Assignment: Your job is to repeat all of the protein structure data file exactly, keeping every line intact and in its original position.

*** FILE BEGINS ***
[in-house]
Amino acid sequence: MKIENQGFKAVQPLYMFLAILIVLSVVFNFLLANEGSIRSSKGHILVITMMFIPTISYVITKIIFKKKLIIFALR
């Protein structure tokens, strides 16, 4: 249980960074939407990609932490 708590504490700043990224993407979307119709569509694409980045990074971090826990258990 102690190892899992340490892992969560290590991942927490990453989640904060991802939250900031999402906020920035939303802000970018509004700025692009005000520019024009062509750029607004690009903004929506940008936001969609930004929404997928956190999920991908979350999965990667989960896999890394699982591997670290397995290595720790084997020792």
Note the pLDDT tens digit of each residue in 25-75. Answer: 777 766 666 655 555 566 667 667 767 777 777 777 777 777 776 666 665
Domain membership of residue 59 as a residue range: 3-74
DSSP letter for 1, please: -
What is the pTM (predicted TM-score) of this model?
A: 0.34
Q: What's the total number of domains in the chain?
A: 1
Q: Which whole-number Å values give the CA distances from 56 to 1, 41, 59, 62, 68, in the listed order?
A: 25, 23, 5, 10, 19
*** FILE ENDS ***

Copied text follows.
[in-house]
Amino acid sequence: MKIENQGFKAVQPLYMFLAILIVLSVVFNFLLANEGSIRSSKGHILVITMMFIPTISYVITKIIFKKKLIIFALR
């Protein structure tokens, strides 16, 4: 249980960074939407990609932490 708590504490700043990224993407979307119709569509694409980045990074971090826990258990 102690190892899992340490892992969560290590991942927490990453989640904060991802939250900031999402906020920035939303802000970018509004700025692009005000520019024009062509750029607004690009903004929506940008936001969609930004929404997928956190999920991908979350999965990667989960896999890394699982591997670290397995290595720790084997020792």
Note the pLDDT tens digit of each residue in 25-75. Answer: 777 766 666 655 555 566 667 667 767 777 777 777 777 777 776 666 665
Domain membership of residue 59 as a residue range: 3-74
DSSP letter for 1, please: -
What is the pTM (predicted TM-score) of this model?
A: 0.34
Q: What's the total number of domains in the chain?
A: 1
Q: Which whole-number Å values give the CA distances from 56 to 1, 41, 59, 62, 68, in the listed order?
A: 25, 23, 5, 10, 19